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Highlights of this month...
Serious fungal infections such as Invasive Aspergillosis (IA) are notoriously difficult to diagnose early and thus treatment is difficult and often unsuccessful with high morbidity and mortality. New antifungal drug classes are being actively developed but there is still a need for alternate treatment strategies as there will always be the threat of resistance developing and of course some of the barriers to successful treatment may be common to a single mode of attack.
Genetic susceptibility to fungal infection by Aspergillus
is being investigated and Overton et.al.
(2017) recently identified multiple genetic weaknesses in the immune systems of people with fungal asthma (SAFS) and Allergic Bronchopulomonary Aspergillosis (ABPA Overton et.al.
Reducing genetic susceptibilities in these patients using immunotherapy is therefore a strategy worth investigating and this new review by Posch et.al.
discusses the options. The review concludes that some progress has been made in the development of immunotherapies for this purpose and that they should be possible but we need to know a lot more about the risks and benefits before becoming too optimistic about their use in the clinic.
Spread of antifungal resistance
Resistance to antifungal drugs is an increasing problem in clinics worldwide as doctors attempts to treat serious fungal infections. Evidence is accumulating
that one source of resistant strains is environmental and is caused by the exposure of Aspergillus
strains to agricultural fungicides that are closely related to the triazole drugs used in clinics.
We issued a Press Release
on this subject this month after a group in Ireland detected strains of Aspergillus fumigatus
that were resistant to several antifungal drugs used in the clinic on tulip bulbs imported from the Netherlands
. The assumption is that the use of fungicides as pesticide when growing the bulbs for export has led to the acquisition of resistance in fungi growing in soil surrounding the bulbs. It isn't difficult to imagine many people coming into contact with bulbs contaminated in this way and this could well be one route via which resistant to antifungal medication is spread, and indeed one way that patients who own gardens may become infected. Given the amount of international trade in grown products it is also easy to postulate many more routes of contamination and spread.
There have been 82 new articles & reviews uploaded in June. Some of the highlights are:
Triazole antifungal drugs such as voriconazole and itraconazole can occasionally shorten the QTc interval of the normal cardiac rythmn and thus disrupt normal heart function. The authors of this study noted that the new antifungal drug isavuconazole has the opposite effect on QTc interval, prolonging instead of shortening.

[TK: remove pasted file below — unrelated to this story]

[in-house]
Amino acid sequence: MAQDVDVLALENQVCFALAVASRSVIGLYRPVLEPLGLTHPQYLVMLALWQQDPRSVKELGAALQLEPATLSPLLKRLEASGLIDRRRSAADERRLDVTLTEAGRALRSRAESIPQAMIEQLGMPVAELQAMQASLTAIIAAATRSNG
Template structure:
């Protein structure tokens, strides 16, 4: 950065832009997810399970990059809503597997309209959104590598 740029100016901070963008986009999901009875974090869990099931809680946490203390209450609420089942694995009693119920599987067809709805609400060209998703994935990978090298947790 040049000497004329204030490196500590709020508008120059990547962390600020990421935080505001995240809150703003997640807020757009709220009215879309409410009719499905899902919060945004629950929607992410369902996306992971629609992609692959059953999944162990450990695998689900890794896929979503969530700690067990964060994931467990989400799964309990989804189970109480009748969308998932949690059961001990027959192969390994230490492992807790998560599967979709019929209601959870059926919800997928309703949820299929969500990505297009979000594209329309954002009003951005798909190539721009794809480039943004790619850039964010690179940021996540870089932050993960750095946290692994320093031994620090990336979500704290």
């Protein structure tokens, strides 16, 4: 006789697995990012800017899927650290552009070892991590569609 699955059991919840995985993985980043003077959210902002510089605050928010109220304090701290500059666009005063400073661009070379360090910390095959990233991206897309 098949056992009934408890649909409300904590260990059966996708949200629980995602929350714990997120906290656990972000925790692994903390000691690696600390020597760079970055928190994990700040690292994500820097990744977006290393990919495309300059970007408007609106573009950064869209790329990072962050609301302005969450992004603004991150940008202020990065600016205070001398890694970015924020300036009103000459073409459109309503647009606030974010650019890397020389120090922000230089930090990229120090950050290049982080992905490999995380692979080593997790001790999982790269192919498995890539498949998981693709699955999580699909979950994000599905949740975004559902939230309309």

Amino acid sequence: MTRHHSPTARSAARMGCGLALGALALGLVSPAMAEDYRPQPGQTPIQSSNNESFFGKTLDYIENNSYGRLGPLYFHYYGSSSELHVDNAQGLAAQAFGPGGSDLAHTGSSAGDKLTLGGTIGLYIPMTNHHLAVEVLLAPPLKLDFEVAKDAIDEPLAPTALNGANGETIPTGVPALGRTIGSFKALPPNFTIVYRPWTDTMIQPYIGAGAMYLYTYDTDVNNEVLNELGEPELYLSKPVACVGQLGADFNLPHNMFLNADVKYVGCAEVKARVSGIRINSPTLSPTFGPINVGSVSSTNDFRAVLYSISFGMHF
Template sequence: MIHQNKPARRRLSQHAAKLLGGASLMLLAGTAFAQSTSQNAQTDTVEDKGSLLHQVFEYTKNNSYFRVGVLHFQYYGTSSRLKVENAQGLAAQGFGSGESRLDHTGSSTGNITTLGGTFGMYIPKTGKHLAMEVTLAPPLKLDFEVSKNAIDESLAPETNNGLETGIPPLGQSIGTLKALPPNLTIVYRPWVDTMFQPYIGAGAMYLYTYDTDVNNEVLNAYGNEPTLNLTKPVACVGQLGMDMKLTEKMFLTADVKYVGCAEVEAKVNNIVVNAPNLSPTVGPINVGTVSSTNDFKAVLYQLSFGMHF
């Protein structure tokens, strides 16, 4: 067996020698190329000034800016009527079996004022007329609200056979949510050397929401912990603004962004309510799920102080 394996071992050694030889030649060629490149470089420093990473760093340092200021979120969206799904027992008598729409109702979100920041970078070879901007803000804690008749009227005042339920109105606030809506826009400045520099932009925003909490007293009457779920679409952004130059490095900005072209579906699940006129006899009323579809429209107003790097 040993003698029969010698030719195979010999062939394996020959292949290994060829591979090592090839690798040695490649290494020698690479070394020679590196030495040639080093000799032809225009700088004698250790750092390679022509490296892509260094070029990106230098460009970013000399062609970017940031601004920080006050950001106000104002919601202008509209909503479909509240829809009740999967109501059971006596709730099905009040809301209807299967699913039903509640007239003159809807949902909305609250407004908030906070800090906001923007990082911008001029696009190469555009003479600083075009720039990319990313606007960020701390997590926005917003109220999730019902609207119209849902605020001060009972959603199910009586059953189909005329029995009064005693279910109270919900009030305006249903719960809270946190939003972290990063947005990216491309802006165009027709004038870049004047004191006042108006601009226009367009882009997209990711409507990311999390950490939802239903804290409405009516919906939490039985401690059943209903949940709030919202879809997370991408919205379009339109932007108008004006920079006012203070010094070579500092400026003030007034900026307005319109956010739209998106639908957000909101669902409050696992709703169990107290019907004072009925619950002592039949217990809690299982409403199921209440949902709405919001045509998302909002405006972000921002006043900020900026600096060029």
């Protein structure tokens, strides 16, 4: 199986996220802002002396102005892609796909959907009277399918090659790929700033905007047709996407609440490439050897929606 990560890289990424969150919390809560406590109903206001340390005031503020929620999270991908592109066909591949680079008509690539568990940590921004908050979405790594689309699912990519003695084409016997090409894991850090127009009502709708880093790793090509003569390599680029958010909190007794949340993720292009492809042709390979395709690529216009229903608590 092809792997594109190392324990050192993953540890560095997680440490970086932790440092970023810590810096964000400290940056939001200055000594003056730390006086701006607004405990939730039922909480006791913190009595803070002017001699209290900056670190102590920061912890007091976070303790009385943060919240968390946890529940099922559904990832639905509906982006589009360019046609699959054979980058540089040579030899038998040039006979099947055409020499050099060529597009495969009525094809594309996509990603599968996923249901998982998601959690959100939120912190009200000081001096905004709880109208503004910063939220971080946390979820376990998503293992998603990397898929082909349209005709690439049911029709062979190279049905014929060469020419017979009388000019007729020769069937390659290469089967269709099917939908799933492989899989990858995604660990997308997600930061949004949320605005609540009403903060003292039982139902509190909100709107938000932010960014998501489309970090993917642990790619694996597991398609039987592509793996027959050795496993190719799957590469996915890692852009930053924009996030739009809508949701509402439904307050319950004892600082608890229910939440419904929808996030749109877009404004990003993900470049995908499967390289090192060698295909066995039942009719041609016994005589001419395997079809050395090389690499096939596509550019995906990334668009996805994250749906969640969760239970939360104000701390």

A case is described where a patient who was experiencing shortened QTc interval while being treated with voriconazole was switched to isavuconazole whereupon their QTc interval normalised.
Aspergillus fumigatus (AF) and Pseudomonas aeruginosa (PA) are the most
prevalent fungal and bacterial pathogens isolated from the CF airway,
respectively. Co-colonisation with both pathogens was comparable with persistant colonisation with PA in terms of clinical outcomes (e.g. lung function, exacerbations, hospitalisations etc.). Intermittant colonisation or colonisation with AF alone was associated with better outcomes. This study emphasises the clinical signification of co-colonisation of these micro-organisms.
This trial was a randomized, double-masked
trial to determine the optimal treatment for filamentous fungal
keratitis using 323 fungal ulcer cases at the Aravind Eye Care System, India. Enrolled cases were
randomized to receive topical natamycin or voriconazole.The authors concluded: "Fungal keratitis that is smear-positive despite being pretreated with
appropriate antifungal agents appears to be a risk factor for worse
outcomes, likely a result of initial ulcer severity and treatment
failure. These patients may benefit from more aggressive multimodal
therapy at a tertiary centre."
Fungal endocarditis is an extremely debilitating fungal infection most prevalent in the immunocompromised and intravenous recreational drug users. Most patients present with constitutional symptoms, which are
indistinguishable from bacterial endocarditis, hence a high index of
suspicion is required for pursuing diagnosis. Diagnosis of fungal
endocarditis can be very challenging: most of the time, blood cultures
are negative or take a long time to yield growth. Fungal endocarditis
mandates an aggressive treatment strategy. A medical and surgical
combined approach is the cornerstone of therapy.
ABPA is a common infection in people with cystic fibrosis with nearly one in eleven patients affected though as several clinical features of ABPA overlap with those of CF it is thought that ABPA in CF is underdiagnosed. This review suggests that diagnosis of ABPA in CF patients should be sought in those with evidence